Most of the aroma you are smelling in the commercial seasoning was made in a lab (the "natural flavors"). It seems that this is a common misconception, but by legal definition, they can take basically any living being (plant, animal or microorganisms), and use a number of chemistry techniques (although, apparently not de-novo synthesis - corrected from a previous version of the answer) to get any compound that they are interested in, as long as it changes the flavor/aroma, and this goes on the label as "natural flavoring". For detail, see CFR Title 21, section 501.22 (a) (3) for US law; European law is very similar here.

From the look of things on the ingredient list (plus your observation that how the flavor differs from actual spice blends), they created compounds which have extremely strong aroma, and used maltodextrin as the solid "foundation" onto which to load the aromas in a concentration that is edible, but still much higher than what is found in actual spices. Not only do you get a higher concentration that way, but my layperson impression is that the aroma is more readily released from the maltodextrin (into which it is just soaked) than from actual spices (where it is usually behind layers of desiccated membranes).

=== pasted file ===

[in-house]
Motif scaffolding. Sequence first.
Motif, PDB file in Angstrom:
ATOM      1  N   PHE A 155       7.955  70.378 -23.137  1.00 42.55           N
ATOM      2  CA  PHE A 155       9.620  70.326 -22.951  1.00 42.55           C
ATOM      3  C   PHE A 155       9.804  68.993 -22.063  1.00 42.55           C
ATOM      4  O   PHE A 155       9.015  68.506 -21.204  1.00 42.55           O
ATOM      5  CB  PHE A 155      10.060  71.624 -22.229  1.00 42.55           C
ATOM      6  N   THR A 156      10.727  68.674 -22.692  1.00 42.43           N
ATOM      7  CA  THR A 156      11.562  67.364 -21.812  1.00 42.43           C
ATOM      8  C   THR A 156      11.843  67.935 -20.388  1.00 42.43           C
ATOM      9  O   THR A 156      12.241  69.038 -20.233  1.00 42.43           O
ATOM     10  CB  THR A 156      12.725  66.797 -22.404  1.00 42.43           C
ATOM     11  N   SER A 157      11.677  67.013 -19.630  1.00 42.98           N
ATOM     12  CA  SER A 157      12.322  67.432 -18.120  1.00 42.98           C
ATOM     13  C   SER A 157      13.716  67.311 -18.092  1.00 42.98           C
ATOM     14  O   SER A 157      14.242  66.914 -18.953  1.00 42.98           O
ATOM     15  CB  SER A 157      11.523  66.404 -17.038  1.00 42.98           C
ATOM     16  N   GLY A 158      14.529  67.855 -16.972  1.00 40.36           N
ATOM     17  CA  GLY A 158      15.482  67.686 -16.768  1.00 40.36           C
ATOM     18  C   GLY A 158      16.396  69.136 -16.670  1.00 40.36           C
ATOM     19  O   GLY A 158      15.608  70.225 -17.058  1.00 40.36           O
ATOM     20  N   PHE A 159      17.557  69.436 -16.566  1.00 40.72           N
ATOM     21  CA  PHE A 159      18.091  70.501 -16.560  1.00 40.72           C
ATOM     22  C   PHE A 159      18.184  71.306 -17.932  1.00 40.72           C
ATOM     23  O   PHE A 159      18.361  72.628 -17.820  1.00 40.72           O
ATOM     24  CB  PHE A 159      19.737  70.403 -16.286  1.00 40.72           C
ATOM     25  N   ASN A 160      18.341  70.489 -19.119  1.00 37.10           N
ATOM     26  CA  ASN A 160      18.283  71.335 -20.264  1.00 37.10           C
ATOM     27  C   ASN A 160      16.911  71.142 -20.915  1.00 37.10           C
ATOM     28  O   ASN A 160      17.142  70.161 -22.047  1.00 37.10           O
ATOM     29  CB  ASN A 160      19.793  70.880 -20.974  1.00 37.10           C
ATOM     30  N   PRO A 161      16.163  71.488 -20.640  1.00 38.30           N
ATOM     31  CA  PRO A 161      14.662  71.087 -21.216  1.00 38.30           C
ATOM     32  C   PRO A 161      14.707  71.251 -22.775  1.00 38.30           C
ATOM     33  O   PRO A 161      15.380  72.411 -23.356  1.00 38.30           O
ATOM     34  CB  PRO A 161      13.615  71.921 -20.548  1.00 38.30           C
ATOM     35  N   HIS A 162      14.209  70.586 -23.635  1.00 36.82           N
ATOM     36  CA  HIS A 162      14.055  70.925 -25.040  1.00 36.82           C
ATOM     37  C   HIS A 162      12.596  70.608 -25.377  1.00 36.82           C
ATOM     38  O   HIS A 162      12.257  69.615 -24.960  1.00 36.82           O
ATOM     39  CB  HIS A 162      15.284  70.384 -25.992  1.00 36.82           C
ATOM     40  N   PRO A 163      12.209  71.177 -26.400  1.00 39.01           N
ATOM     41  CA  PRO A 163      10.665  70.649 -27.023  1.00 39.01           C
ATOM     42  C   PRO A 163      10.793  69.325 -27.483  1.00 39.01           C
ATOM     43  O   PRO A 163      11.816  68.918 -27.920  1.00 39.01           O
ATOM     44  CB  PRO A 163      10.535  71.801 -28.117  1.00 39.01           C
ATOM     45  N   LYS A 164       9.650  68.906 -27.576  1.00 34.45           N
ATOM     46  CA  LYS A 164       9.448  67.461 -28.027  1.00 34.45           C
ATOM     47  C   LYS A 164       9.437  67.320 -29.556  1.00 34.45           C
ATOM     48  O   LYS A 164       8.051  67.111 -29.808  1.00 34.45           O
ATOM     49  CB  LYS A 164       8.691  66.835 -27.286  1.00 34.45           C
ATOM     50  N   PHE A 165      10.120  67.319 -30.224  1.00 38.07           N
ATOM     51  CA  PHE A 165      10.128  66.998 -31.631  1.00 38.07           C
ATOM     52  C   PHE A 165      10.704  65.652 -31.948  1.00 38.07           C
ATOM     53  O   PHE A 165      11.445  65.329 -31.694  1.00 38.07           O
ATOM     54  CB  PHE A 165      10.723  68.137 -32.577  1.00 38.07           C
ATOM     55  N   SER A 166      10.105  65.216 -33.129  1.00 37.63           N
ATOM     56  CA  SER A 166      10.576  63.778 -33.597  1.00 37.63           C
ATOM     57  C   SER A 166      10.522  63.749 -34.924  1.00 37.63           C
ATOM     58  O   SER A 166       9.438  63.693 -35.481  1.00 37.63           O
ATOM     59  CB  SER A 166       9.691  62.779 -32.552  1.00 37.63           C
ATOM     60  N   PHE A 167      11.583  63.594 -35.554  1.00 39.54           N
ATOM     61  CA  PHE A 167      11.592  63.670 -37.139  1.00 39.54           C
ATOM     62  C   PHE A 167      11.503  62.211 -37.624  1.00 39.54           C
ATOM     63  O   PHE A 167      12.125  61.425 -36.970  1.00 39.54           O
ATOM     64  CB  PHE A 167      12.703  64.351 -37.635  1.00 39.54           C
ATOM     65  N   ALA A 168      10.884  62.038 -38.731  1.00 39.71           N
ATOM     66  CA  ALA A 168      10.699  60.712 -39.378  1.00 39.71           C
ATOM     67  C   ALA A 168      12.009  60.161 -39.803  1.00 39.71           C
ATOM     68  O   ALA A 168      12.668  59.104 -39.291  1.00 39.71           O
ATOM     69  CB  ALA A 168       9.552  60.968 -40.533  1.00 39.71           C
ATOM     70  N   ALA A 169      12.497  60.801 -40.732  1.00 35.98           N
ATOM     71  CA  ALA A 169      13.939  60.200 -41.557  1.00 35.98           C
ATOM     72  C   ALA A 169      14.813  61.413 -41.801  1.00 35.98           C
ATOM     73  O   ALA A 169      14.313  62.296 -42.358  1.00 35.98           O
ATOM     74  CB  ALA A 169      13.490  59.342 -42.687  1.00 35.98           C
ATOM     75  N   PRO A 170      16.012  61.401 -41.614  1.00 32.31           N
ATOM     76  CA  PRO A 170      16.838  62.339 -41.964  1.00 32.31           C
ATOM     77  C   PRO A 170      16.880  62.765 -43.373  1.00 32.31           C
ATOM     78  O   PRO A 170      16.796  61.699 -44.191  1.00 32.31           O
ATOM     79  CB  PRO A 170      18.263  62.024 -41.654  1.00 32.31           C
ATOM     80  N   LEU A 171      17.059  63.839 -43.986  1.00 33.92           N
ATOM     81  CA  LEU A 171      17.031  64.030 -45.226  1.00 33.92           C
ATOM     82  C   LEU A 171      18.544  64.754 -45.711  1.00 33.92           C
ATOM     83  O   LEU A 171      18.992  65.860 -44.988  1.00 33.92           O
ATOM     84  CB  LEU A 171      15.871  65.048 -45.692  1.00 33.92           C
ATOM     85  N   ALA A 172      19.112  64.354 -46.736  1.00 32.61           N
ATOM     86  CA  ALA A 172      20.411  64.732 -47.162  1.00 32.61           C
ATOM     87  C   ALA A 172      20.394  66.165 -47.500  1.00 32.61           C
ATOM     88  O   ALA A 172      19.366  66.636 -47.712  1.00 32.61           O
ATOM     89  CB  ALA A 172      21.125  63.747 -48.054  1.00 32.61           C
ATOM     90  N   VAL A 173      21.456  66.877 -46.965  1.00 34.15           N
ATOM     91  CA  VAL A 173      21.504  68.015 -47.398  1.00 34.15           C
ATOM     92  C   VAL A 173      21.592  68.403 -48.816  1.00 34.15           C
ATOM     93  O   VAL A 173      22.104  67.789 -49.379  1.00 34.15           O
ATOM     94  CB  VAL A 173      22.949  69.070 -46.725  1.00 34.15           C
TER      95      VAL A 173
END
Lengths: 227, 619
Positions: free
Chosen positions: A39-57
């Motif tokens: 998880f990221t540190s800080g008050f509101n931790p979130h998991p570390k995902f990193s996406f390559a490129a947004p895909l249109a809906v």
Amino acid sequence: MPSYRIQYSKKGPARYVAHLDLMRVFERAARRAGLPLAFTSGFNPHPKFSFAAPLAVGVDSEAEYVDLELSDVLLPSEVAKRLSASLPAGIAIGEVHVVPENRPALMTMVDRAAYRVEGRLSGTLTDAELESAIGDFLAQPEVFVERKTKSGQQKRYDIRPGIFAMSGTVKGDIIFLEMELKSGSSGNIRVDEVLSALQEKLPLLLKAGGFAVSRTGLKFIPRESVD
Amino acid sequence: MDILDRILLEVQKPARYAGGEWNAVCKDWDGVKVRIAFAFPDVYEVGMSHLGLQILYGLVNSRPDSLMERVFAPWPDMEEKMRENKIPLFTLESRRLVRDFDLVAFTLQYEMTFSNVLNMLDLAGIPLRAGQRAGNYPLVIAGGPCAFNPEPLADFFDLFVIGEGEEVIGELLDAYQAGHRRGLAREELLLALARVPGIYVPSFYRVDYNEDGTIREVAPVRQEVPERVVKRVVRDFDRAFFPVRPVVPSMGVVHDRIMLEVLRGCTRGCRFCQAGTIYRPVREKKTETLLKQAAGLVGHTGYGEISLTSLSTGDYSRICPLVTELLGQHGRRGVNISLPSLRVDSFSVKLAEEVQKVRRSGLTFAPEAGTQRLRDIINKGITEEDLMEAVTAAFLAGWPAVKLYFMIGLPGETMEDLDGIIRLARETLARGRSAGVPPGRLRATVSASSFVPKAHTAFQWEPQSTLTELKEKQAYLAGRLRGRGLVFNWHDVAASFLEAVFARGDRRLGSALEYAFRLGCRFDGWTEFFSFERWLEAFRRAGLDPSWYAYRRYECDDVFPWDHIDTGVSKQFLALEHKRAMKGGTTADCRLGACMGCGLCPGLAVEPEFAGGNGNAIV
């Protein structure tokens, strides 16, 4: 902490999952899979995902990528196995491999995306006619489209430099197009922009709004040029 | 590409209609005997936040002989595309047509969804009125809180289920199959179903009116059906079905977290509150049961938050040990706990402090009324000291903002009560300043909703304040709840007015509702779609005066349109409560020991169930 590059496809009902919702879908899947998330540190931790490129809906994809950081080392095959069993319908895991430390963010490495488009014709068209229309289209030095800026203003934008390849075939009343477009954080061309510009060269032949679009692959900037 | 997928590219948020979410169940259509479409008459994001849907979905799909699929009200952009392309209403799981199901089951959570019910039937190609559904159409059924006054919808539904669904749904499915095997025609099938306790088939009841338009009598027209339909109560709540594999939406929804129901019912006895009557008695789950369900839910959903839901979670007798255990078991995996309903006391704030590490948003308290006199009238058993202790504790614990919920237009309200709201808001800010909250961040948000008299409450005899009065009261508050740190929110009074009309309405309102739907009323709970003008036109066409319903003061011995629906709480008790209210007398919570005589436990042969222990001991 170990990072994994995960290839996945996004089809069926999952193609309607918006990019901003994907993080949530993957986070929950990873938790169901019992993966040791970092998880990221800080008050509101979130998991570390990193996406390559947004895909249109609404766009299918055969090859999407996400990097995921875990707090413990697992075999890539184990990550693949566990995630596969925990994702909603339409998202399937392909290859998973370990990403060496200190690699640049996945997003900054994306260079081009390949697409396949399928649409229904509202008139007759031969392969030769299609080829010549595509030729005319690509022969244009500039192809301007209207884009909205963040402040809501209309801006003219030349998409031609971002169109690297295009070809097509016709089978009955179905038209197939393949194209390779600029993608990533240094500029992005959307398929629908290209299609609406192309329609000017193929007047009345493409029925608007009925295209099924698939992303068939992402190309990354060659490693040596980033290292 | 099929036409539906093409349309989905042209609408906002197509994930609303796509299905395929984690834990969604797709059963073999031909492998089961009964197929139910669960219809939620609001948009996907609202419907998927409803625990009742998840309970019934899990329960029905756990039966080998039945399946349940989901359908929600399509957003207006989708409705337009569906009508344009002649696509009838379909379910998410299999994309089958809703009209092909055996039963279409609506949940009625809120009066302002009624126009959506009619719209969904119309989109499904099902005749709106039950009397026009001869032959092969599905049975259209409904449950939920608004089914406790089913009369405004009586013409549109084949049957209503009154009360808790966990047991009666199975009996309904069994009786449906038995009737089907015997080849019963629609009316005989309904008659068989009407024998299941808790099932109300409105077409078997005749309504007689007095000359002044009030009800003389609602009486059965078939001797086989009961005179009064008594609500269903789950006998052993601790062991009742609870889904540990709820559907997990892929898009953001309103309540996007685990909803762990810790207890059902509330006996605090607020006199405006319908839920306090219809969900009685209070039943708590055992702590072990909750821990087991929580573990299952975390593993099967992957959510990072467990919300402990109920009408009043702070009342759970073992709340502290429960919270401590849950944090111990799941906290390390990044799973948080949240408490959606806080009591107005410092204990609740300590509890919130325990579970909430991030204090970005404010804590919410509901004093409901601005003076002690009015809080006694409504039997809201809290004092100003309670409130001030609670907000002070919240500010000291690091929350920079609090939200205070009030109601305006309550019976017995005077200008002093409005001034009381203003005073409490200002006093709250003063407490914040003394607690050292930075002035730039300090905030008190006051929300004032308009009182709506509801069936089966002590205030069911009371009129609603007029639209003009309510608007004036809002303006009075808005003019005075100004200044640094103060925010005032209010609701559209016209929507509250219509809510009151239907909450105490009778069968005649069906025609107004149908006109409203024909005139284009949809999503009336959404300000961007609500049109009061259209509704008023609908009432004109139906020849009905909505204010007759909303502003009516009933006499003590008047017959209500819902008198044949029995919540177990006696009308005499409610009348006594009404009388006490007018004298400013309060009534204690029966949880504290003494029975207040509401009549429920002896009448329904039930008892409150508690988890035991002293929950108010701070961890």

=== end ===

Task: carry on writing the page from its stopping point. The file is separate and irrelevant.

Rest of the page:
There isn't much you can do to achieve this effect. You can always use larger amounts of standard spices, and make sure that you are using the freshest possible spices, but the aroma will always be more muted.

The other relevant ingredients are the yeast extract and the salt. The yeast extract is used because it is rather rich in MSG. If you want to get closer to the commercial seasoning, the easiest way is to buy pure MSG and add it. The other ingredient is the salt, which you are probably already adding anyway - but you will have to experiment to find out what amount is optimal for your taste.

I don't think that the sugar and citric acid are especially relevant here. They are rather minor by amount - each of them is less than the sum of all non-paprika spices. I don't know if they are used for taste or for other purposes, but if it is for taste, the contribution will be rather minor. I wouldn't try to add them when making a homemade rub.

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  • If it says "natural flavors" then I don't think those can be chemically synthesized, unless you live in a country where lying on the ingredient list is tolerated.
    – towr
    Jan 21 at 12:54